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Take Time to Saunter

Saunter:  "to walk in a casual manner; stroll."  Synonyms include amble, ramble, stroll, wander, mosey (one of my favorites), and meander. (1) 

When is the last time you felt free to saunter?  To proceed at your own pace, to stop and observe, to step into a place of spiritual connection?  Most of us spend most of our time adhering to schedules, running late, trying to keep up.  What if you could take an hour, a half-hour, or even 15 minutes, and just saunter?

Having just returned from a trip to California which included both Muir Woods and Yosemite National Park, I've been reading up on John Muir, who had a hand in preserving both places.  Here is what Muir had to say about sauntering:

"Hiking - I don't like either the word or the thing. People ought to saunter in the mountains - not hike! Do you know the origin of that word 'saunter?' It's a beautiful word. Away back in the Middle Ages people used to go on pilgrimages to the Holy Land, and when people in the villages through which they passed asked where they were going, they would reply, "A la sainte terre,' 'To the Holy Land.' And so they became known as sainte-terre-ers or saunterers. Now these mountains are our Holy Land, and we ought to saunter through them reverently, not 'hike' through them." (2)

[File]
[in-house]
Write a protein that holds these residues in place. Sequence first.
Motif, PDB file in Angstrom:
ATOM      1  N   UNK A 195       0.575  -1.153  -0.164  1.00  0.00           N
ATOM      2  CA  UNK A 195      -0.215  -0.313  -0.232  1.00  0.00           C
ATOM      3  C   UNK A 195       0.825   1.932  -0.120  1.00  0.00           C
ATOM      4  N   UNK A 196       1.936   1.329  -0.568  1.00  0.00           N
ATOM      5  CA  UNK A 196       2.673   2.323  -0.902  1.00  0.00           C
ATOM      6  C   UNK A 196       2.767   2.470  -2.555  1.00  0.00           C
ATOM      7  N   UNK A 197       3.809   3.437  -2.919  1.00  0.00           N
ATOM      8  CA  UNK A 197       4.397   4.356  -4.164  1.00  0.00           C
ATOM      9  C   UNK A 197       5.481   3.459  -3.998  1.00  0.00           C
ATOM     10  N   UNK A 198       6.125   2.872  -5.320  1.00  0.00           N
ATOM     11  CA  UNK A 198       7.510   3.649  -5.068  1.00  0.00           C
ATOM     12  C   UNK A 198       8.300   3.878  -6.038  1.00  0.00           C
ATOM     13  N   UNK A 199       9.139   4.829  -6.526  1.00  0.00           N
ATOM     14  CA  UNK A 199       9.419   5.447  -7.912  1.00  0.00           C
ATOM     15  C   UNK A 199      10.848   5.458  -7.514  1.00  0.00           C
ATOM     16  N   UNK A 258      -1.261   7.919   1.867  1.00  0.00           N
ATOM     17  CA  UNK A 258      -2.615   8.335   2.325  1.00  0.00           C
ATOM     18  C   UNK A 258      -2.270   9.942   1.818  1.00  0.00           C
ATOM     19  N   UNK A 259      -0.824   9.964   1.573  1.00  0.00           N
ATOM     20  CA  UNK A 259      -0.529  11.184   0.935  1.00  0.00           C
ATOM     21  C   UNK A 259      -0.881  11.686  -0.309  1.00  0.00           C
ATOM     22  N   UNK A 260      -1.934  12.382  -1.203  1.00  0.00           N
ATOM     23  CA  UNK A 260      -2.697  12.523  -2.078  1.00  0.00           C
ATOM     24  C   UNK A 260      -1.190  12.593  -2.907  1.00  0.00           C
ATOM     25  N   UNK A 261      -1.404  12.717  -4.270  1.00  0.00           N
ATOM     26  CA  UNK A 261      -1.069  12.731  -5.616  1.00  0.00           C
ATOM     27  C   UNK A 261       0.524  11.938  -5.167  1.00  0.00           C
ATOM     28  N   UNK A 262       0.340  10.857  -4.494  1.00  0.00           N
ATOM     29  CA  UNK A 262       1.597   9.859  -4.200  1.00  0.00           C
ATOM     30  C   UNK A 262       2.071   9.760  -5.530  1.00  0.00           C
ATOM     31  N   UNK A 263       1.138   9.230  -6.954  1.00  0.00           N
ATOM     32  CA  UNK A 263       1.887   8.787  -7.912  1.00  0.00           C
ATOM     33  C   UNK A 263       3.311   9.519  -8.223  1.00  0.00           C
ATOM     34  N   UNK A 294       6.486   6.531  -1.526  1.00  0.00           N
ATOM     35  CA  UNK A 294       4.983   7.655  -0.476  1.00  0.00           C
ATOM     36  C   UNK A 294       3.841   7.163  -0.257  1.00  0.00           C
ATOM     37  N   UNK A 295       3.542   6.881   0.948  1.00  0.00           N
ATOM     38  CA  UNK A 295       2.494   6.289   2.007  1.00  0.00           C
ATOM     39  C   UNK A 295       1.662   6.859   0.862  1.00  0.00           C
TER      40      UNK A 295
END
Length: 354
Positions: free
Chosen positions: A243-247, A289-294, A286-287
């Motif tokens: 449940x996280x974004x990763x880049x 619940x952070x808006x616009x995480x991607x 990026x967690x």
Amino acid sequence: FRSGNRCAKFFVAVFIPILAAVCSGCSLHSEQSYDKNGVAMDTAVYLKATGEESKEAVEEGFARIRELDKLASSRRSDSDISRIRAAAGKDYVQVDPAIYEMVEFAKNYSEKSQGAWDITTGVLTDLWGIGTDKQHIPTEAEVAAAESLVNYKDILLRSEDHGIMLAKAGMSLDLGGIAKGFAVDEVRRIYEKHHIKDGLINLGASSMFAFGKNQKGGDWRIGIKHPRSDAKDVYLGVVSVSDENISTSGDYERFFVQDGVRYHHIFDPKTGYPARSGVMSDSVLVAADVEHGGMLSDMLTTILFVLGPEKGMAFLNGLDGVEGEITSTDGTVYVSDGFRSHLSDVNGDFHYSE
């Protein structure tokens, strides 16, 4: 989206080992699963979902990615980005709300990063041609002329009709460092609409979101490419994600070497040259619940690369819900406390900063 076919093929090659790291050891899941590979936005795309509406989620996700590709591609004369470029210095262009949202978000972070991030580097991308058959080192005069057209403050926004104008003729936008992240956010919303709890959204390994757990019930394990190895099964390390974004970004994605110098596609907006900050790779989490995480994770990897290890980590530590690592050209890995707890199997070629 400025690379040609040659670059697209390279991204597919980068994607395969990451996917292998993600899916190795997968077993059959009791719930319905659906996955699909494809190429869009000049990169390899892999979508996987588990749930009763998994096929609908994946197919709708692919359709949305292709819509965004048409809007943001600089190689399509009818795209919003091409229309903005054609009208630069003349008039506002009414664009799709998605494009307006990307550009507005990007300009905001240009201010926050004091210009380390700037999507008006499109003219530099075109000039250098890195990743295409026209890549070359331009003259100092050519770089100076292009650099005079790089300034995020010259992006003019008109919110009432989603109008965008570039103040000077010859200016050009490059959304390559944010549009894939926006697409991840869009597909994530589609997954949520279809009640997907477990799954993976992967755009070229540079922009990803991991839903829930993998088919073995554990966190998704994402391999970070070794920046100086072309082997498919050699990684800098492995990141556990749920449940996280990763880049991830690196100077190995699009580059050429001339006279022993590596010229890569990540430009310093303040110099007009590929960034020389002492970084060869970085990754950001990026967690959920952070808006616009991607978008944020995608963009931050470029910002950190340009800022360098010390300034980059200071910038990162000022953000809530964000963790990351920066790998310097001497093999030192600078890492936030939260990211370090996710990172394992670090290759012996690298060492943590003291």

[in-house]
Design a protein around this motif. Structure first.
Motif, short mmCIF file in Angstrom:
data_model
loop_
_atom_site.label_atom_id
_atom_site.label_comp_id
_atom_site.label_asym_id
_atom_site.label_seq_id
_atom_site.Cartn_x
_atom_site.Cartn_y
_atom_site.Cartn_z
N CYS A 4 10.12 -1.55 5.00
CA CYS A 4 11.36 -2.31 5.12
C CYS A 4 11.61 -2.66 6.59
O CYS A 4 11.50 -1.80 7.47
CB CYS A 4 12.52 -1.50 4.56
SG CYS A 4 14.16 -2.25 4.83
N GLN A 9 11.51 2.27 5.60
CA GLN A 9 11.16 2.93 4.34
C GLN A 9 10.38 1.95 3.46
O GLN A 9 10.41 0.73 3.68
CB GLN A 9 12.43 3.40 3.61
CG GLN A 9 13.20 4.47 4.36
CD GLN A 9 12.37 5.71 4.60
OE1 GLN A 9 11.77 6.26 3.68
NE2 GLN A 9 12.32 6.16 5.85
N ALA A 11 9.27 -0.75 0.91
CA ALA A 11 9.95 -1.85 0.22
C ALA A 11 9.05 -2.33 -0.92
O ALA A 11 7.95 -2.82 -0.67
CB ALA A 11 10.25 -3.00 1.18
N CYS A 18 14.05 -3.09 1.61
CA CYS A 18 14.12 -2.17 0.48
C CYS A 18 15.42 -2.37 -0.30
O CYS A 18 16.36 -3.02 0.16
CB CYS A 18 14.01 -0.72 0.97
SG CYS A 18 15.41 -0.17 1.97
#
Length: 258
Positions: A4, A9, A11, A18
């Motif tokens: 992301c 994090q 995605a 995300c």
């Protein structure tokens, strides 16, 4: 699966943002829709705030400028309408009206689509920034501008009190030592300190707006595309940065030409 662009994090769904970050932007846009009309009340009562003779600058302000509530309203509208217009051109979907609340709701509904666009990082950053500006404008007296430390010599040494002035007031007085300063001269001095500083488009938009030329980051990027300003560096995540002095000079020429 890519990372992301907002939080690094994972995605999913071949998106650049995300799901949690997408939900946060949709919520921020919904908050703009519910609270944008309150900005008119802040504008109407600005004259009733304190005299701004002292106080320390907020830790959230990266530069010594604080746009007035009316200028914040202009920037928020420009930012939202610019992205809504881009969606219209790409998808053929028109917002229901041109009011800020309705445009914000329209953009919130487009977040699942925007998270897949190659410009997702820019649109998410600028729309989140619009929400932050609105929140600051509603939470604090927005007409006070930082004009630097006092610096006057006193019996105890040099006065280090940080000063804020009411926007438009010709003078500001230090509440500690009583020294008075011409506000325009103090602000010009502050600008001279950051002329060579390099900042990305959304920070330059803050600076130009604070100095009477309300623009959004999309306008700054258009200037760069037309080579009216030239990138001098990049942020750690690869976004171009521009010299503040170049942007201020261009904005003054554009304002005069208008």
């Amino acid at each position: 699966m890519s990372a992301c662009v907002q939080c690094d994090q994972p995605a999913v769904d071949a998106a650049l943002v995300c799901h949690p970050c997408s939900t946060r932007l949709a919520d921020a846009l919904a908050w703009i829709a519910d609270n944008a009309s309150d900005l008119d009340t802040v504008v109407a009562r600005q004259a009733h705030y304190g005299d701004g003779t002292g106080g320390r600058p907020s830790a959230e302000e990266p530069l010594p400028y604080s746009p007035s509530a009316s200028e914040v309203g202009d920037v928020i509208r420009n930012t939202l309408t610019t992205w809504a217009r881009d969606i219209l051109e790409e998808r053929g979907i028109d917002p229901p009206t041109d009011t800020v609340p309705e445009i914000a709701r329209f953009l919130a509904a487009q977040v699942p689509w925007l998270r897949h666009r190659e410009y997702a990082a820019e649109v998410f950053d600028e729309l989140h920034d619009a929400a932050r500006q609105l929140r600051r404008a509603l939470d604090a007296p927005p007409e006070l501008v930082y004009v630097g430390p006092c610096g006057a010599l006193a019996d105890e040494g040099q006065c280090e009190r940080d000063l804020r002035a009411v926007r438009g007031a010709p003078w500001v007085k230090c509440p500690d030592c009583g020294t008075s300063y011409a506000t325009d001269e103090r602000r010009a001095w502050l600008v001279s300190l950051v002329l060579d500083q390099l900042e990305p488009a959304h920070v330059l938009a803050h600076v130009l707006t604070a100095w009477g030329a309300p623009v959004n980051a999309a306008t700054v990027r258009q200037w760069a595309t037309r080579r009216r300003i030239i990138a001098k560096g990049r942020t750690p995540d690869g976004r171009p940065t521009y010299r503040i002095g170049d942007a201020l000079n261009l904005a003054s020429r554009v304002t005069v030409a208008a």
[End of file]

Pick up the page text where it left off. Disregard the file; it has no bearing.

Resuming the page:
There is some disagreement about whether Muir's etymology of the word is correct, although it does appear in references dating back to at least 1691.  The more accepted theory is that the word derives from the Middle English santren, meaning to muse, meditate, or be in reverie.  

Either way, the word connotes a slowing down, a mindful attention to one's surroundings.  A retreat from the hurry and drama of daily life.  An appreciation of the vastness of the Universe and the long line of time.

I invite you to take some time this week to saunter.  Whether you saunter through the woods, or through an art museum, or through the streets of a bustling city, pay attention.  Saunter reverently. Allow yourself to meander.  Be in reverie. 

(2) quoted by Albert Palmer in A Parable of Sauntering:

An interesting but irrelevant fact (unless you are from Northern Ireland, in which case it may be highly relevant):  according to, the word "saunter" is sometimes used as an expletive in Northern Ireland, with the meaning of "get lost" or "take a hike."  It's fascinating how words can take on such different meanings...  But if someone yelling at you to "saunter" - i.e., get lost - is what it takes to get you to take some time in solitude, consider it done.  Saunter!

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